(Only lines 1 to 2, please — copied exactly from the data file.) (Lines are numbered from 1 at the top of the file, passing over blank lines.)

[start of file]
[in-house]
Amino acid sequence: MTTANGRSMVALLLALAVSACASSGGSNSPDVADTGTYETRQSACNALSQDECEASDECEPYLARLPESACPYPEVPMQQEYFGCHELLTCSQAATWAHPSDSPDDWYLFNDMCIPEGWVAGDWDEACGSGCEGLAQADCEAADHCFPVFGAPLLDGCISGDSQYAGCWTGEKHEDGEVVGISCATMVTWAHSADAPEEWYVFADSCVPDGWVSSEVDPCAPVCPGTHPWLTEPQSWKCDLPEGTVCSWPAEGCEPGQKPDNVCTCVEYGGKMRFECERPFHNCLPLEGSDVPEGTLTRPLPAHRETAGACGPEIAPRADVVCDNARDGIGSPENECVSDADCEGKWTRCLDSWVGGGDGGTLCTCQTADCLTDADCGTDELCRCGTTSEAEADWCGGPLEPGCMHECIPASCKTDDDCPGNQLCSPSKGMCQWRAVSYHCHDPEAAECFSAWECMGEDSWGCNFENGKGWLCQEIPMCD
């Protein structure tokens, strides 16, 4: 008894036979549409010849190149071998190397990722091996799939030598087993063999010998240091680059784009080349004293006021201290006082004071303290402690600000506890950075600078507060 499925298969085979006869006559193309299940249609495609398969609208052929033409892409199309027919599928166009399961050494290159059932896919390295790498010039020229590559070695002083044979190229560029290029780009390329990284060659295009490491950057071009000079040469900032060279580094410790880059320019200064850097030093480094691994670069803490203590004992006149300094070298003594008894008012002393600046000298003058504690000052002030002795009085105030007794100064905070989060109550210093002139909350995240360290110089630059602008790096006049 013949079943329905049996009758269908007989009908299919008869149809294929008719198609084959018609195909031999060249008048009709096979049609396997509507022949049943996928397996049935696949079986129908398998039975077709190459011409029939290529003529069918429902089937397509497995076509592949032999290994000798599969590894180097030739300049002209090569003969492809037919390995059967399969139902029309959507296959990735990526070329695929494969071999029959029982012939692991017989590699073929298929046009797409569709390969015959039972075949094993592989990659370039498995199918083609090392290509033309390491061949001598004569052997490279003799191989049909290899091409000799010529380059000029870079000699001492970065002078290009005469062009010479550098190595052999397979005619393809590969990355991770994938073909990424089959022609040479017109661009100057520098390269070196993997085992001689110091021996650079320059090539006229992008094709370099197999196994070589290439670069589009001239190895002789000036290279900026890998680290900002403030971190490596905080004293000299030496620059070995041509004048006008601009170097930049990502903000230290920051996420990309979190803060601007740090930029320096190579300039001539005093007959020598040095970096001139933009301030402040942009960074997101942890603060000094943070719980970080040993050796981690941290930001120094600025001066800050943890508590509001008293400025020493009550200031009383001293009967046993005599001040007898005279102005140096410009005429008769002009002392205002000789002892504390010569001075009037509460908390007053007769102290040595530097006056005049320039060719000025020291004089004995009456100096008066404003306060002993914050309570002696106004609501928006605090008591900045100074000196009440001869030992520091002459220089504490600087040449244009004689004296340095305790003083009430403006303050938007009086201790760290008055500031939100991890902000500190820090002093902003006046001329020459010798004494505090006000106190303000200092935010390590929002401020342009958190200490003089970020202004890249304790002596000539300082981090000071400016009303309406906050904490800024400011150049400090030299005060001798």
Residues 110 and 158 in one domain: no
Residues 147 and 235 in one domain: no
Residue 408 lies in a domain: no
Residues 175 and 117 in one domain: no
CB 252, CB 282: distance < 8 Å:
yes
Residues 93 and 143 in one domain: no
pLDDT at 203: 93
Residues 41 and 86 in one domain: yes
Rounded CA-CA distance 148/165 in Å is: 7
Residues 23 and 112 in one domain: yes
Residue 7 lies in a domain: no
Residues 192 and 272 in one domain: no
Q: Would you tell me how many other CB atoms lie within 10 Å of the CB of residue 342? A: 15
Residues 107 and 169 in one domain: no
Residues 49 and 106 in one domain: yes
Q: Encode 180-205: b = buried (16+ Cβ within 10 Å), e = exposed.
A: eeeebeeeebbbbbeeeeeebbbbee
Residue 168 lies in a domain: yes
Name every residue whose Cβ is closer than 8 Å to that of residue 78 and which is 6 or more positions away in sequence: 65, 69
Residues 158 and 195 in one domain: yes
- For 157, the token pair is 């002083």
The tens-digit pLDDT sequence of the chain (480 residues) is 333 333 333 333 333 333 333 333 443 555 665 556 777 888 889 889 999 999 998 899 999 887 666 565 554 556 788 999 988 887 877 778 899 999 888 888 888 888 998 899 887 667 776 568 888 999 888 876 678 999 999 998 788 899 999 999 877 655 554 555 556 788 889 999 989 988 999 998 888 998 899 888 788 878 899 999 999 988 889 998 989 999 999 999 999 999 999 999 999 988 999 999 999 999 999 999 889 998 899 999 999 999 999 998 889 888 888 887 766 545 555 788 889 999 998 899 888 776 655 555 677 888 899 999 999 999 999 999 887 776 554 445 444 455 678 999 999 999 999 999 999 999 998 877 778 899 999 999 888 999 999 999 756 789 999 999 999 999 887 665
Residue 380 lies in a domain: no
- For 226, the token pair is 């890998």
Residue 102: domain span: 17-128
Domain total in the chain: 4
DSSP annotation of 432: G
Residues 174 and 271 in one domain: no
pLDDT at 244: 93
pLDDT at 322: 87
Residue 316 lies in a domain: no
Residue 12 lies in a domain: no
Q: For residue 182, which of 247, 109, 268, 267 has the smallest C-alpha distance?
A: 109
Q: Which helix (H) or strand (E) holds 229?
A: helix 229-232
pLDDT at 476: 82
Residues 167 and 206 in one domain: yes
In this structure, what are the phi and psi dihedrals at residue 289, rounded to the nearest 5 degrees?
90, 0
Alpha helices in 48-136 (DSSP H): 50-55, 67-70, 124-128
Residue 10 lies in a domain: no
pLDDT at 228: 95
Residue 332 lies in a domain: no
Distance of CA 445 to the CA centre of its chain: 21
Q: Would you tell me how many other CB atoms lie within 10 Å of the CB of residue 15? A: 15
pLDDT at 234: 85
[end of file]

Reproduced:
[in-house]
Amino acid sequence: MTTANGRSMVALLLALAVSACASSGGSNSPDVADTGTYETRQSACNALSQDECEASDECEPYLARLPESACPYPEVPMQQEYFGCHELLTCSQAATWAHPSDSPDDWYLFNDMCIPEGWVAGDWDEACGSGCEGLAQADCEAADHCFPVFGAPLLDGCISGDSQYAGCWTGEKHEDGEVVGISCATMVTWAHSADAPEEWYVFADSCVPDGWVSSEVDPCAPVCPGTHPWLTEPQSWKCDLPEGTVCSWPAEGCEPGQKPDNVCTCVEYGGKMRFECERPFHNCLPLEGSDVPEGTLTRPLPAHRETAGACGPEIAPRADVVCDNARDGIGSPENECVSDADCEGKWTRCLDSWVGGGDGGTLCTCQTADCLTDADCGTDELCRCGTTSEAEADWCGGPLEPGCMHECIPASCKTDDDCPGNQLCSPSKGMCQWRAVSYHCHDPEAAECFSAWECMGEDSWGCNFENGKGWLCQEIPMCD